Unfortunately, the Internet disagreed. Social media fumed that Blade the Hunter wasn't being written by someone who's black, and Tim Seeley quit in the hopes Marvel could find a more diverse team. Blade the Hunter has yet to happen, and possibly never will. While I very much support the push for diversity in comics, I admit that I do find it saddening that this Internet backlash effectively stopped development of a book dead in its tracks.
Here's the interesting thing, though; from the very first moment that series was advertized, rumors swirled that Marvel Entertainment was deeply interested in the idea. It seemed like a natural fit for Marvel's darker Netflix world. That's still possible, with Marvel Netflix growing in importance.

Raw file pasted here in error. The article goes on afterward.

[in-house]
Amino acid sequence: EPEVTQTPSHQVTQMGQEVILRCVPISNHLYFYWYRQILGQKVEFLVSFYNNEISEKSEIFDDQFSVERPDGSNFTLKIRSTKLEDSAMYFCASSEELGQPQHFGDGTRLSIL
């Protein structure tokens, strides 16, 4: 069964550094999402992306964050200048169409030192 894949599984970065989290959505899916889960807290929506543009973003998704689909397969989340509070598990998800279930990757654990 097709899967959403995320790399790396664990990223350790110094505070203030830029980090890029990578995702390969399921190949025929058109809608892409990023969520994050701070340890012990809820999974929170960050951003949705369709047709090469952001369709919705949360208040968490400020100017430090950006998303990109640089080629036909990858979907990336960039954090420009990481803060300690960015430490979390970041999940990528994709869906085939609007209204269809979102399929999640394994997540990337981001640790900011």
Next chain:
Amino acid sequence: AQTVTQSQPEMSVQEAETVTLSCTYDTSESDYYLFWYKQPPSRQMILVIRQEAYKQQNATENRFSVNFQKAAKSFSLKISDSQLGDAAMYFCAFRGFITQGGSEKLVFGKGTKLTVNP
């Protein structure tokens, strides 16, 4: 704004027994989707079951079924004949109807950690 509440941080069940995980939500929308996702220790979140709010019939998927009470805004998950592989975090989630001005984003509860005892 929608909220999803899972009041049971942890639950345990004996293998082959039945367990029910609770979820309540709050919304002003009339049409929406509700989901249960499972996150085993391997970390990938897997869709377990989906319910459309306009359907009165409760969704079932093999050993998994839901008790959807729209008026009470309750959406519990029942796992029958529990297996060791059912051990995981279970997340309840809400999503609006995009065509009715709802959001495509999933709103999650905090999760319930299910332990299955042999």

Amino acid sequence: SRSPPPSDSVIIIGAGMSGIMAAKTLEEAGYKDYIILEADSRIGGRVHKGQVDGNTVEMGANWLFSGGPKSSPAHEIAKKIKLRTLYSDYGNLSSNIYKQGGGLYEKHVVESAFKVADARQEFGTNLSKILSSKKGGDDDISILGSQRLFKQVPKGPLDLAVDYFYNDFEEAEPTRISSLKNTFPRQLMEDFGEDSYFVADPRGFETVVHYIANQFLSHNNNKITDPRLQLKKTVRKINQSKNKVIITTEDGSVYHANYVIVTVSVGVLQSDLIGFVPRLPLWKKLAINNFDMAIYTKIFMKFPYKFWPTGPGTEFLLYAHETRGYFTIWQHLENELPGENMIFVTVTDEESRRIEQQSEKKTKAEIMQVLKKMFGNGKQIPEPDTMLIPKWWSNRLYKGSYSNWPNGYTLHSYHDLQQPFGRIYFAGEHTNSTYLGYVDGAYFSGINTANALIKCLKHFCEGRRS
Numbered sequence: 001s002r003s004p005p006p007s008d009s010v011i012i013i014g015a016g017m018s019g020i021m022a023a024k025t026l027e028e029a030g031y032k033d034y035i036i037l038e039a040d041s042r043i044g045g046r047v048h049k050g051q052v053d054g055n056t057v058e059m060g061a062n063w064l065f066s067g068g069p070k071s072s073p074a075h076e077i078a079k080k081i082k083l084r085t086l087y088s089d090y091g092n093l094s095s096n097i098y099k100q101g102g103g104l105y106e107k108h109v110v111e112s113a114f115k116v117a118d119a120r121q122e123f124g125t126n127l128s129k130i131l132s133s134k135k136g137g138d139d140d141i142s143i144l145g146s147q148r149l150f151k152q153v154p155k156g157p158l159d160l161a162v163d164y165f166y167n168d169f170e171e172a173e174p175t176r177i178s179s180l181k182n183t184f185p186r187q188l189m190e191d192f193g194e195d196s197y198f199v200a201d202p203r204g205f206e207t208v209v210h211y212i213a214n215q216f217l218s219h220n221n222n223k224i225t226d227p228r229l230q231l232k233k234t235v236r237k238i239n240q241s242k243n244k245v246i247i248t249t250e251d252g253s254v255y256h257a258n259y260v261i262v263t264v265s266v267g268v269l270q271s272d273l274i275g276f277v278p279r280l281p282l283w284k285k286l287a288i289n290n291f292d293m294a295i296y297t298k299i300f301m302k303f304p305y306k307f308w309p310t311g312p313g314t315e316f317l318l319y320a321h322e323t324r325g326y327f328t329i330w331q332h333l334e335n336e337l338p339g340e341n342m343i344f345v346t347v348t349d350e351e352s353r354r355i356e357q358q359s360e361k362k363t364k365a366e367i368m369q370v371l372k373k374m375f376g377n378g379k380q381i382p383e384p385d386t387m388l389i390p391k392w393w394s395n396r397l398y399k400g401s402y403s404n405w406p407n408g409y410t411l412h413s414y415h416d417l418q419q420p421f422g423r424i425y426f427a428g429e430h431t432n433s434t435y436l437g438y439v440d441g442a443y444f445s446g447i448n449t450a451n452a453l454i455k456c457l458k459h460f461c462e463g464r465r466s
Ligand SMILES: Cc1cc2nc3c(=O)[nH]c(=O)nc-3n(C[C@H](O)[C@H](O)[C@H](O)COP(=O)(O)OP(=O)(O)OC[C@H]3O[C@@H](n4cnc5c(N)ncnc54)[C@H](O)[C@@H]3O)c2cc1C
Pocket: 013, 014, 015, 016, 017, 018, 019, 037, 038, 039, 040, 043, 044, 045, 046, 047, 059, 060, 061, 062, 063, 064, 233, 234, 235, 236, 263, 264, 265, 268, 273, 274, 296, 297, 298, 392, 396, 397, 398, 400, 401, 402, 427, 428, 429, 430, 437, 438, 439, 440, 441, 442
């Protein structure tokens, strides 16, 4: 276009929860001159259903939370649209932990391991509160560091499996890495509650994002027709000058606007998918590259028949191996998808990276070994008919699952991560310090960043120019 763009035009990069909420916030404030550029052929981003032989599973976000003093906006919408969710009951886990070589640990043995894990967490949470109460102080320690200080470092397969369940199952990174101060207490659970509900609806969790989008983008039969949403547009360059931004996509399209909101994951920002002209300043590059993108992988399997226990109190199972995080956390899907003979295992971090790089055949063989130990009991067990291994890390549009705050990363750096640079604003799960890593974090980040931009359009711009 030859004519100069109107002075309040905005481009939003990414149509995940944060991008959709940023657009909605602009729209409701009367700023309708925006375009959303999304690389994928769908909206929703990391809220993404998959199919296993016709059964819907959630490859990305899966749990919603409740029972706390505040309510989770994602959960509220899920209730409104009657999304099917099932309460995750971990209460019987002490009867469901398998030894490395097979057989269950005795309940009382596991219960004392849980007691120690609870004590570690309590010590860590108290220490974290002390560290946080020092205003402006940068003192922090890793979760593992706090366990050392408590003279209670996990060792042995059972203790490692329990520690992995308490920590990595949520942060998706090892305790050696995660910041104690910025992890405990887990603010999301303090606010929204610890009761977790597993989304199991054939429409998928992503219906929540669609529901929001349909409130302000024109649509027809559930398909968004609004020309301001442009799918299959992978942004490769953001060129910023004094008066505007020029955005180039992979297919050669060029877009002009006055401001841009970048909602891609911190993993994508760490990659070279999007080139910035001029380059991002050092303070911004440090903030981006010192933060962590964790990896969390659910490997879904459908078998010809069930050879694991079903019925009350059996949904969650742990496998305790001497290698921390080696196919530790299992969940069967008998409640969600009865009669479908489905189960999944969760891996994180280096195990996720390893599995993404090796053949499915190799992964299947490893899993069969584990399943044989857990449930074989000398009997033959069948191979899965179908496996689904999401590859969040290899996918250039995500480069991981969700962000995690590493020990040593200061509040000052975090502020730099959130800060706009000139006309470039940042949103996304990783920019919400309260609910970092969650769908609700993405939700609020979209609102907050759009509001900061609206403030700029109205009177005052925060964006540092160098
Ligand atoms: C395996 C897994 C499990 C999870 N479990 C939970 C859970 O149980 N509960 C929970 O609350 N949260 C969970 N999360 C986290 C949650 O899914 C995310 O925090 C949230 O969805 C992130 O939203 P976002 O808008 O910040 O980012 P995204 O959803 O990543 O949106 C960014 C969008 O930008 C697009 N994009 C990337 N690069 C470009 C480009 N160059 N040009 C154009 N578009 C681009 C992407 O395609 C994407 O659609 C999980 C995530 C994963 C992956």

There are problems with Marvel Netflix, though, and they're just now becoming visible. While Netflix has a growing focus on original content, the company's leadership seem to be wary of filling their service with superheroes. As a result, Netflix intends to release only two-to-three shows a year. This means, for example, that Daredevil Season 3 won't air until 2018.
This leaves us in an awkward position. Netflix has the rights to produce a wide range of shows - Daredevil, Jessica Jones, Luke Cage, Iron Fist, The Defenders, and even The Punisher. But for every show Netflix signs up to, we'll wind up with even bigger delays. If Netflix signs off on a second season of Luke Cage, at current release rate we're unlikely to see it until 2019! The more Marvel franchises Netflix chooses to produce, the longer these delays will become. Perhaps this explains why Marvel's plans for Ghost Rider shifted over to Agents of S.H.I.E.L.D.
Could We See Blade in Agents of S.H.I.E.L.D.?